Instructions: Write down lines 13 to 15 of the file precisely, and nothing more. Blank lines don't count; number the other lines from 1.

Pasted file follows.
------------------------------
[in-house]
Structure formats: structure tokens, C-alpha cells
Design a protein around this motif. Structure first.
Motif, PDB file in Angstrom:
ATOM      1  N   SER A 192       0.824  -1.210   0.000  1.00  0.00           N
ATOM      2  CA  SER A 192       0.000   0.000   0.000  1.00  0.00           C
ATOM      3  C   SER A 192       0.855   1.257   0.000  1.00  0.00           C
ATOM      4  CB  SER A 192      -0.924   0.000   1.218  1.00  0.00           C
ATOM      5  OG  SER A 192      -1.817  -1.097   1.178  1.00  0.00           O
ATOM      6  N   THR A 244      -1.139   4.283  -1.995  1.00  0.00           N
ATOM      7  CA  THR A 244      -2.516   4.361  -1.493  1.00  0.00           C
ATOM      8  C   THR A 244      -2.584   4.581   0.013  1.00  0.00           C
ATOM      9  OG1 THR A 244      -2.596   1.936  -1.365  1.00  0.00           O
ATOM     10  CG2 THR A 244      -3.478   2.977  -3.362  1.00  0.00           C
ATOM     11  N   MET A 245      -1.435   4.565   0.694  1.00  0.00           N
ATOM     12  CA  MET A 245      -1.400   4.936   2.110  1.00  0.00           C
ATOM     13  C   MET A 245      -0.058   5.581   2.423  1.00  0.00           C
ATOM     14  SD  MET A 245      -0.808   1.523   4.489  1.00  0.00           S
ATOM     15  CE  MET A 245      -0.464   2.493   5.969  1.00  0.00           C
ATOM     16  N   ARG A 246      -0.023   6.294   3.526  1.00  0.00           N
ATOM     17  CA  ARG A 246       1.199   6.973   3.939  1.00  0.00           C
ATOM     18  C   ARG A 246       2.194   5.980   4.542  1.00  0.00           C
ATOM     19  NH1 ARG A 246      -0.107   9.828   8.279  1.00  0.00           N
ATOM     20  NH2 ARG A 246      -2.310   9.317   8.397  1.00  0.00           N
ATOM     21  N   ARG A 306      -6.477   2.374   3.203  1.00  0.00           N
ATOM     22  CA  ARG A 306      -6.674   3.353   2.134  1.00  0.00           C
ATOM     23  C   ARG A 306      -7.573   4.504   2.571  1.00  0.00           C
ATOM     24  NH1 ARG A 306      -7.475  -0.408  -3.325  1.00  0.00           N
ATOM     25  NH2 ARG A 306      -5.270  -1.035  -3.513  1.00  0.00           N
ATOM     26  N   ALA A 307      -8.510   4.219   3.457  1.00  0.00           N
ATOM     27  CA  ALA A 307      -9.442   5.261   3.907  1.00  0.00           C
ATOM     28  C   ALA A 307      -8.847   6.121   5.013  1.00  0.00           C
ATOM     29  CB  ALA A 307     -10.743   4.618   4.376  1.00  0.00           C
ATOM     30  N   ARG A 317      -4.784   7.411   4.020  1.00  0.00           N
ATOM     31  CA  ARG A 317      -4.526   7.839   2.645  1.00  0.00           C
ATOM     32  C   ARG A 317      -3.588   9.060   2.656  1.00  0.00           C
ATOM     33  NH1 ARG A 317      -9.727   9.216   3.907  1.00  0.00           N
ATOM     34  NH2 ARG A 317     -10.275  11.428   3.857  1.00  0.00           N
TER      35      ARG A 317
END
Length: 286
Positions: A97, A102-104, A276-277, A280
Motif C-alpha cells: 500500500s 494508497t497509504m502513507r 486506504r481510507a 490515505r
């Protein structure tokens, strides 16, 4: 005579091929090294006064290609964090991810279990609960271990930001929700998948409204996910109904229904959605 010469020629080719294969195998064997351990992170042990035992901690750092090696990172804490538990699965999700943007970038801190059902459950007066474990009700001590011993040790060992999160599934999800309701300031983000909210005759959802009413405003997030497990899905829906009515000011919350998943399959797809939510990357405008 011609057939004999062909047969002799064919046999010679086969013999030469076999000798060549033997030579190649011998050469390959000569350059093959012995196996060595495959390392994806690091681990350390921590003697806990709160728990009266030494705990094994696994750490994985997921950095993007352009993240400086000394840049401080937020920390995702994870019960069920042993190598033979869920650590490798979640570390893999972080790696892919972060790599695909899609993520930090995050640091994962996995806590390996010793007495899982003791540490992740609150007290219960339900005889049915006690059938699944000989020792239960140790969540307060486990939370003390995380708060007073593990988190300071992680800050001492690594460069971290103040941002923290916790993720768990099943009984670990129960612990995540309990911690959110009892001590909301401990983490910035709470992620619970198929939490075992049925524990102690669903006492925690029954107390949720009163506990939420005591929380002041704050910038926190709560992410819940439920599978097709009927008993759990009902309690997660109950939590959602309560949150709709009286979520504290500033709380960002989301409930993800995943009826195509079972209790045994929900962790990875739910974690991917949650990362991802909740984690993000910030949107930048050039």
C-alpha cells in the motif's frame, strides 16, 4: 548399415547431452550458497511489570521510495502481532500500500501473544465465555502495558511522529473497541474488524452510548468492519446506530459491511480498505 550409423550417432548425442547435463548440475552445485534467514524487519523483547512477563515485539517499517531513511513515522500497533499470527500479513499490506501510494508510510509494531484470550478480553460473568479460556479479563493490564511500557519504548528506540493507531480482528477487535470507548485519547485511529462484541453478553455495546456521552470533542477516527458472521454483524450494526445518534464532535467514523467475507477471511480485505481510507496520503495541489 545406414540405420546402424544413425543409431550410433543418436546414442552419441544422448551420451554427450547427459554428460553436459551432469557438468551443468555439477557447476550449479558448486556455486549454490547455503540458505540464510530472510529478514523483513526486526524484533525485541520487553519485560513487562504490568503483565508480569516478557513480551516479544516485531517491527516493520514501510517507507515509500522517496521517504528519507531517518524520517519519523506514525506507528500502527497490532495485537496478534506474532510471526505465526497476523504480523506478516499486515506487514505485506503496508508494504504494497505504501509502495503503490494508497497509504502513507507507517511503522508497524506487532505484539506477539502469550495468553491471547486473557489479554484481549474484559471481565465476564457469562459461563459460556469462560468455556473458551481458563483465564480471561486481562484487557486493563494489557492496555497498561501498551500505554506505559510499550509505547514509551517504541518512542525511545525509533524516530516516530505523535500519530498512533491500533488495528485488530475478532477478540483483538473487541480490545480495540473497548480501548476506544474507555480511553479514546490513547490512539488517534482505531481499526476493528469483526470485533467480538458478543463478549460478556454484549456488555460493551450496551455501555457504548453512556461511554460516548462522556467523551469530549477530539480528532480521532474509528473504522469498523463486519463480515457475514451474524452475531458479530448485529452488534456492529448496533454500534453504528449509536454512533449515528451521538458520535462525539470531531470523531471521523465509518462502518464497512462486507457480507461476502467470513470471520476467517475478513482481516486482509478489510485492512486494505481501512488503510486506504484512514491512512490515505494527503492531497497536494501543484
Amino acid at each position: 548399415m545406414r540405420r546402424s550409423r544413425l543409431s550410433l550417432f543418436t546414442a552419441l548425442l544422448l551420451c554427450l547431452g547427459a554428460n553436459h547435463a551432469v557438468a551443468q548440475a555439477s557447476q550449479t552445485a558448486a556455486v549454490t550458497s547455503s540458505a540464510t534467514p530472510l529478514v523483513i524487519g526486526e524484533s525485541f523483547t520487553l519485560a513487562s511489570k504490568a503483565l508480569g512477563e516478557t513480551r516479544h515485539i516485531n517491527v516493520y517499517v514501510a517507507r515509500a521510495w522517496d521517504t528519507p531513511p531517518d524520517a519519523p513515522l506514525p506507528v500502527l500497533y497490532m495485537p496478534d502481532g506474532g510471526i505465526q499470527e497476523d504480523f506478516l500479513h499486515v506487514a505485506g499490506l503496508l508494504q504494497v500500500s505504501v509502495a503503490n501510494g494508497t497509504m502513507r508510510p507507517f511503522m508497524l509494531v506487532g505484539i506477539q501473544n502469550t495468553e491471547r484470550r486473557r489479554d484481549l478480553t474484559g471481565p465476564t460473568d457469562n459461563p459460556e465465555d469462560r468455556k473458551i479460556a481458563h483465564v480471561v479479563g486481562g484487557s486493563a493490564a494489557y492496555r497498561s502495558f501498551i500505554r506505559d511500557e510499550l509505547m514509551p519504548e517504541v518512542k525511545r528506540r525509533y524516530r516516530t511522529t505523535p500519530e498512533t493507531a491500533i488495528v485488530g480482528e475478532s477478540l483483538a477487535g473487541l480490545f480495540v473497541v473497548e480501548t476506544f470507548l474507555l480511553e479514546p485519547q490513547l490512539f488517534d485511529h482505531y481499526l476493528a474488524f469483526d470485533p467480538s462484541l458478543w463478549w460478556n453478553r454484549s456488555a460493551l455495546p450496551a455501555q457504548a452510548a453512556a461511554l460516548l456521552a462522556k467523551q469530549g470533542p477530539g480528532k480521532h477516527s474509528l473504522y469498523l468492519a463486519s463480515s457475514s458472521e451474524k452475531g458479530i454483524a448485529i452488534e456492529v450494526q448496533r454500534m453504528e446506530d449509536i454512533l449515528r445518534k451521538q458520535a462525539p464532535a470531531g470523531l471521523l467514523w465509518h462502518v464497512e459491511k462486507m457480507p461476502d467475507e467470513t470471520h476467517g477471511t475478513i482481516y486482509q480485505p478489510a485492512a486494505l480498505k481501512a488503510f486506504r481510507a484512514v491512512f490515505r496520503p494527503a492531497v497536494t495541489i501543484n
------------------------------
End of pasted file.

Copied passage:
ATOM      9  OG1 THR A 244      -2.596   1.936  -1.365  1.00  0.00           O
ATOM     10  CG2 THR A 244      -3.478   2.977  -3.362  1.00  0.00           C
ATOM     11  N   MET A 245      -1.435   4.565   0.694  1.00  0.00           N